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Consider the ODE $$y'' - y = 0$$ with solutions $y_{(1)} = c_1 \cosh x + c_2 \sinh x$, or, equivalently, $y_{(2)} = c_1 \exp (+x) + c_2 \exp (-x)$.

If we were to solve the above ODE by Frobenius method, i.e. writing the solution as an ansatz $$y = \sum_{n=0}^\infty c_n x^{n + \lambda},$$ we would obtain the indicial equation $$\lambda (\lambda - 1) = 0$$ with solutions $\lambda = 0,1$ which lead to the solution $y_{(1)}$ above.

I do not understand why is the solution $y_{(1)}$ preferred by the Frobenius method instead of $y_{(2)}$ which would have an indicial equation $\lambda^2 = 0$. At what point does the Frobenius method choose a particular set of linearly independent solutions? I would appreciate any insight on the problem.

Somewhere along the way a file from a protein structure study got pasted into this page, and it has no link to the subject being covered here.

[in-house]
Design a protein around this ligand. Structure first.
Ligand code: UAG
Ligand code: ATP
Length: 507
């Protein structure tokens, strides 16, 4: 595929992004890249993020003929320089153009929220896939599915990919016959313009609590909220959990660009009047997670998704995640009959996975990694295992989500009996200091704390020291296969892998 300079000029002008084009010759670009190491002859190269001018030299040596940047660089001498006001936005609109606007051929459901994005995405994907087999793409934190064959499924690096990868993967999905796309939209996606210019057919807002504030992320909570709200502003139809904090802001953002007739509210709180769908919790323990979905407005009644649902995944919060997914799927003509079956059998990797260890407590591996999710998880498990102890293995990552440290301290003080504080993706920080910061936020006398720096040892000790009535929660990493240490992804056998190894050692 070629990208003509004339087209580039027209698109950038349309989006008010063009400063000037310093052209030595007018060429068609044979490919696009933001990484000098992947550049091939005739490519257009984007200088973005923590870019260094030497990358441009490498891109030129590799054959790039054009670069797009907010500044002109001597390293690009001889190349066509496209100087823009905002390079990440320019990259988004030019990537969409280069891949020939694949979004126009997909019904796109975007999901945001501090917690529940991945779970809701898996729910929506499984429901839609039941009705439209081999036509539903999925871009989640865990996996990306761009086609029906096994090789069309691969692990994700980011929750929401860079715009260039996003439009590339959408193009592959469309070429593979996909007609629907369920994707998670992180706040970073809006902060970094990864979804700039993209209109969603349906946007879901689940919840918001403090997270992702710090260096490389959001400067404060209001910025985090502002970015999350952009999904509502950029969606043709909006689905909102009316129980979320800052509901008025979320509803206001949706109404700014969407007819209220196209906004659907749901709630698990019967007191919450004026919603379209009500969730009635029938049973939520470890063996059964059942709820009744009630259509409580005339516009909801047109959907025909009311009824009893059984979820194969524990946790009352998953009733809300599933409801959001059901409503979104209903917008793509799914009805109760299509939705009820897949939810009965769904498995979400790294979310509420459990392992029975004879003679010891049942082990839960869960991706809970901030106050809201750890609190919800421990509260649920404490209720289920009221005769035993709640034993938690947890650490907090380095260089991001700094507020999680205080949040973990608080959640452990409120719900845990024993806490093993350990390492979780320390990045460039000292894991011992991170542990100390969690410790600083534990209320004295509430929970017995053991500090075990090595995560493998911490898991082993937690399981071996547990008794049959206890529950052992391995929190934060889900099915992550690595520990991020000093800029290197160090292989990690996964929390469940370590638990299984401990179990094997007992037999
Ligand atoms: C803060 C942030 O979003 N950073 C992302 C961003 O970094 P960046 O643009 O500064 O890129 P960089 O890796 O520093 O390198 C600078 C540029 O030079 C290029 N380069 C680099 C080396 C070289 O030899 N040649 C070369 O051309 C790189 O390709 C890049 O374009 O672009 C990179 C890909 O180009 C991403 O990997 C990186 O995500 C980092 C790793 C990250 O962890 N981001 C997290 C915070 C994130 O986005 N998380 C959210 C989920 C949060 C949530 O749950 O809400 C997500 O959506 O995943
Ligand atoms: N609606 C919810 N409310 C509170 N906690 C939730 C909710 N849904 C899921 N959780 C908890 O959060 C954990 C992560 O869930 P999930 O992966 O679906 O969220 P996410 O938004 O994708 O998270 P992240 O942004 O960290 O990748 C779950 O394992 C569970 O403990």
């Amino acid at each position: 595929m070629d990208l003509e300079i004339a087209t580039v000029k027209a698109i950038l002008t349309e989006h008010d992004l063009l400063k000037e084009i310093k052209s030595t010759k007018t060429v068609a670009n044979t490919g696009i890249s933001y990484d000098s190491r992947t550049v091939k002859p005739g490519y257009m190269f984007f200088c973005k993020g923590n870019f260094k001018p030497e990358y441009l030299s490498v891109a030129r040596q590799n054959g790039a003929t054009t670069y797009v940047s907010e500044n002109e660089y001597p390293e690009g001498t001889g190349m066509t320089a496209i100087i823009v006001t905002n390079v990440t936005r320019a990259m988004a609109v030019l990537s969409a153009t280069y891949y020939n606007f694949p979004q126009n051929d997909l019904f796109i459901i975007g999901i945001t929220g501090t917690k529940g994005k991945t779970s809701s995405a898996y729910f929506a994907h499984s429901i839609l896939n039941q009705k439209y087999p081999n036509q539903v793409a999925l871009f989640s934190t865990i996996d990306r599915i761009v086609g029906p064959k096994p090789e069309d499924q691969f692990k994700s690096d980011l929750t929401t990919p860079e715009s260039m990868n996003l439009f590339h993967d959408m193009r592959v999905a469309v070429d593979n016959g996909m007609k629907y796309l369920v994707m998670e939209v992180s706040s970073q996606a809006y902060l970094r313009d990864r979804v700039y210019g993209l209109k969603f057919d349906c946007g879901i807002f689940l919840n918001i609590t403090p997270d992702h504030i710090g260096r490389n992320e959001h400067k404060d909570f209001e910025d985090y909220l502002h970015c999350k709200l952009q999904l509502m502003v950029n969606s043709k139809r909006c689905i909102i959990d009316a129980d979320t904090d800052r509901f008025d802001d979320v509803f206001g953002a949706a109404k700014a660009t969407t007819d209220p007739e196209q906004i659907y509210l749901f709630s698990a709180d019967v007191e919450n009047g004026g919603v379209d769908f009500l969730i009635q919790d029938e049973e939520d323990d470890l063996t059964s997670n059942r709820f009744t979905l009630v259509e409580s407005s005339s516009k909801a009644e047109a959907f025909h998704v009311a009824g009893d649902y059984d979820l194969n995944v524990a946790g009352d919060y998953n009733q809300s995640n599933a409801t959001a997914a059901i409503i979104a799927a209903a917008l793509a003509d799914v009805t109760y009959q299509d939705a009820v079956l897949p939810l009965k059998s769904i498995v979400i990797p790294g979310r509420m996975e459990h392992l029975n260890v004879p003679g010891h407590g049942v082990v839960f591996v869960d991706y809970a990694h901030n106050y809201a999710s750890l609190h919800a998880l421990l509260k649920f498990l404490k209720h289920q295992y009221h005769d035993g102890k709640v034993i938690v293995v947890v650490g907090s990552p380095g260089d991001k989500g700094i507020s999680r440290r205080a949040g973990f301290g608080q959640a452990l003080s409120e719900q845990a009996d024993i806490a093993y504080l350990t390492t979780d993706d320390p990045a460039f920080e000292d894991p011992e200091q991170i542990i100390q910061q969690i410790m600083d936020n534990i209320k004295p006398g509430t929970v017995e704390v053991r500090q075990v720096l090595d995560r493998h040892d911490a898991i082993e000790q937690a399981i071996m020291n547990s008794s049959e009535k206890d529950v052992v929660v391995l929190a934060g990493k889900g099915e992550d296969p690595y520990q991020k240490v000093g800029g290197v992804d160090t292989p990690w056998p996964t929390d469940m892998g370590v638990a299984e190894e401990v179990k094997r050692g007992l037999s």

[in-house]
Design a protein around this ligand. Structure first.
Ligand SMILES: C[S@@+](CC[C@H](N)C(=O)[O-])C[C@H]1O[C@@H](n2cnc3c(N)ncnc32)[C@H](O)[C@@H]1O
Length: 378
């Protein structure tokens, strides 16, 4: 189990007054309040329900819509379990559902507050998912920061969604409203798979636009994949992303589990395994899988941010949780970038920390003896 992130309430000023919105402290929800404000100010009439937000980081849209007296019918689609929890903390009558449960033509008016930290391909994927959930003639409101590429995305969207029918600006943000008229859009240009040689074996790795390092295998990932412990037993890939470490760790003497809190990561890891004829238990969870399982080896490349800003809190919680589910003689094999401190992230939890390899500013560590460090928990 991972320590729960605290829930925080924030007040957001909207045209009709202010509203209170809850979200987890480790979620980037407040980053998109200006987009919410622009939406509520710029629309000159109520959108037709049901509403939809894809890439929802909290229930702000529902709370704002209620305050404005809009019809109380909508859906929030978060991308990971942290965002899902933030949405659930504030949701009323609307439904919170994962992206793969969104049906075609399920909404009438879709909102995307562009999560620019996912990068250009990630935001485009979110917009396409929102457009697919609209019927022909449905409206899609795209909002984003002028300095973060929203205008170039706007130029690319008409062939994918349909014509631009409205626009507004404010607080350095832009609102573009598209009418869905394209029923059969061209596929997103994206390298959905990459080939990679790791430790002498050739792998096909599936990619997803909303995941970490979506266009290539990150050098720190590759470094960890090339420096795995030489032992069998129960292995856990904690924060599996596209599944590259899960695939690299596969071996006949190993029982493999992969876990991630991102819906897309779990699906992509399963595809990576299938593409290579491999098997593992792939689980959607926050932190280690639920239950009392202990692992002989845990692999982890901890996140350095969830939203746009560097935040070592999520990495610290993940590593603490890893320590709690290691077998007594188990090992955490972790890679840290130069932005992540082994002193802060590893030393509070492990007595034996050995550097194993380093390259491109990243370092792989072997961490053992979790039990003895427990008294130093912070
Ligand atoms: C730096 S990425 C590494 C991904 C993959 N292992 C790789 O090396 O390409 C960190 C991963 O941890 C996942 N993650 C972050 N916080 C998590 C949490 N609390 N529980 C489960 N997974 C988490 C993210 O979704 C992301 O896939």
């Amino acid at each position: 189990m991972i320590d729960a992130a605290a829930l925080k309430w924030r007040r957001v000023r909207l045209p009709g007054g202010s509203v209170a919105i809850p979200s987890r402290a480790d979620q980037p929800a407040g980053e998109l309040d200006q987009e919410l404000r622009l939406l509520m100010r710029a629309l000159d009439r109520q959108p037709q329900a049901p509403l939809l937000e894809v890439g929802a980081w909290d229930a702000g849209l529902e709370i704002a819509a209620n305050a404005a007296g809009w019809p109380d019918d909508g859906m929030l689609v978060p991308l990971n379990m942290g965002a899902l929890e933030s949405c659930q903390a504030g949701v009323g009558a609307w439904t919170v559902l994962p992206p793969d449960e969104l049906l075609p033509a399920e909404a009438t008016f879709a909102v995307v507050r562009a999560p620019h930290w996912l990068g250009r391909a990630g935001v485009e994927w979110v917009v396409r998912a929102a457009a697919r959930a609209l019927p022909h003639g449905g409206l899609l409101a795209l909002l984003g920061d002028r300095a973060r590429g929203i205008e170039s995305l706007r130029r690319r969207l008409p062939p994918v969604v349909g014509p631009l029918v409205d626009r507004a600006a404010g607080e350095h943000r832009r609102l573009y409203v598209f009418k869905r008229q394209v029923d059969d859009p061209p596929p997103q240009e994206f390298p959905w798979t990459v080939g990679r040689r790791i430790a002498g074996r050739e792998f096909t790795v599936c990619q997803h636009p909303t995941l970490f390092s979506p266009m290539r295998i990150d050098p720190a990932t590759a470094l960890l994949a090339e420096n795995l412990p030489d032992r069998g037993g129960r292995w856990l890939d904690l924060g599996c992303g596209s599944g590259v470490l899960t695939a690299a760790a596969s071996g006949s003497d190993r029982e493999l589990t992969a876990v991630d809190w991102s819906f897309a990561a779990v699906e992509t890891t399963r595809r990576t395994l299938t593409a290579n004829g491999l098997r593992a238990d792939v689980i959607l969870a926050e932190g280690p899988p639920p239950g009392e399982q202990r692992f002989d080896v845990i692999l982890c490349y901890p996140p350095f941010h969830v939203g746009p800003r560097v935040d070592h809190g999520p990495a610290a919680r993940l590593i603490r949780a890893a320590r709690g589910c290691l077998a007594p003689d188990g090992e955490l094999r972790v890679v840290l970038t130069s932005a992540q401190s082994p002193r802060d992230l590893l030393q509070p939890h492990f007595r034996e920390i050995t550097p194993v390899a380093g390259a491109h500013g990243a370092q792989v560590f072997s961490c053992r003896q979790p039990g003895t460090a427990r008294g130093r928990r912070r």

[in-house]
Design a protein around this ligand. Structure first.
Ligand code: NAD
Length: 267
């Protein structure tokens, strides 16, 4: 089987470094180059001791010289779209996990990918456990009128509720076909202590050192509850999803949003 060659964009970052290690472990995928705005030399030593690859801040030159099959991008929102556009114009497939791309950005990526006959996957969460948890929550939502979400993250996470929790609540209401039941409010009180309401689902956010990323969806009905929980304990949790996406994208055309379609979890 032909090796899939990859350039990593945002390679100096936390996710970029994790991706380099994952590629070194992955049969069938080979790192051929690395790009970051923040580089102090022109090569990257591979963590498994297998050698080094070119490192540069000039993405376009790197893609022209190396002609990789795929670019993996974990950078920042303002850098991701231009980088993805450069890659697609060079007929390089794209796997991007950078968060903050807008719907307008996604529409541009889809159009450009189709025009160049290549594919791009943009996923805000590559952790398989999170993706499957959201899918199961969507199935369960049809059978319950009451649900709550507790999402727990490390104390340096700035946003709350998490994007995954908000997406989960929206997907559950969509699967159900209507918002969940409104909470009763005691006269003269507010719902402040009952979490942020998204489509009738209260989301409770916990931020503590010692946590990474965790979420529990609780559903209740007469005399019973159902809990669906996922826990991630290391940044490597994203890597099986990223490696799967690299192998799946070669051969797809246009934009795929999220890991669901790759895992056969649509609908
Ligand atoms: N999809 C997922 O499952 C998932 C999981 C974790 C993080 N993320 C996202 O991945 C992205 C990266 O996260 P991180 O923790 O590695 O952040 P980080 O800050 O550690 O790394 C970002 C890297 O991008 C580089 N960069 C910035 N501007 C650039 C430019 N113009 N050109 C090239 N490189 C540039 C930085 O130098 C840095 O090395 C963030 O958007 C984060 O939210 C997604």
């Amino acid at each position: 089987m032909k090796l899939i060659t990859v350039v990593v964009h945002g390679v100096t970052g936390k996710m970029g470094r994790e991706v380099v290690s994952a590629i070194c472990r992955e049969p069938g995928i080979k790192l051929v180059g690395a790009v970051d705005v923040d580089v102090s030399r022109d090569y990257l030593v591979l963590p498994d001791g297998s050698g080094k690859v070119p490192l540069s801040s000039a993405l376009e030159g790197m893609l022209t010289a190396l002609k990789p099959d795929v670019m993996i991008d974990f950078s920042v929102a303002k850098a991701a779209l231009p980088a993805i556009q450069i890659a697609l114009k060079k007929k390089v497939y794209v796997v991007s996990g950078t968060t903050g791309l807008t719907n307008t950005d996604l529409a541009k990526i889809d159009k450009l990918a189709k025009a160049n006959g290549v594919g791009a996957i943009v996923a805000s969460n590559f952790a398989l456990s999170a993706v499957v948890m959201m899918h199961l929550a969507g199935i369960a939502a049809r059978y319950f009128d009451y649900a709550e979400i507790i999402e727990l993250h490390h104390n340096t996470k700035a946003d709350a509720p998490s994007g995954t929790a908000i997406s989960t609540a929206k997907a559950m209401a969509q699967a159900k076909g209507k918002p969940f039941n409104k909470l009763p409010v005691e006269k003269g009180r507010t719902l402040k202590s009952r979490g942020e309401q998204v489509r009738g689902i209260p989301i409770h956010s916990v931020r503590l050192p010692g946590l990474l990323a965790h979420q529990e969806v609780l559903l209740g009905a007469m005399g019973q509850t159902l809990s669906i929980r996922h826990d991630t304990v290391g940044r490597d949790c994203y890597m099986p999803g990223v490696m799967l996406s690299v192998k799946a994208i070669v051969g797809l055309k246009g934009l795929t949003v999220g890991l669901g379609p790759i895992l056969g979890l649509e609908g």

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Frobenius method is for solving equations around a singular-regular point. The equation $y''-y=0$ has no singular points. If you want to solve it using power series, you know that it will be of thew form $y(x)=\sum_{n=0}^\infty c_n\,x^n$. The selection of solutions comes from the choice of initial values. For instance, $e^x$ comes from $y(0)=y'(0)=1$ (that is, $c_0=c_1=1$), while $\cosh x$ from $y(0)=1$, $y'(0)=0$ (that is, $c_0=1$, $c_1=0$).

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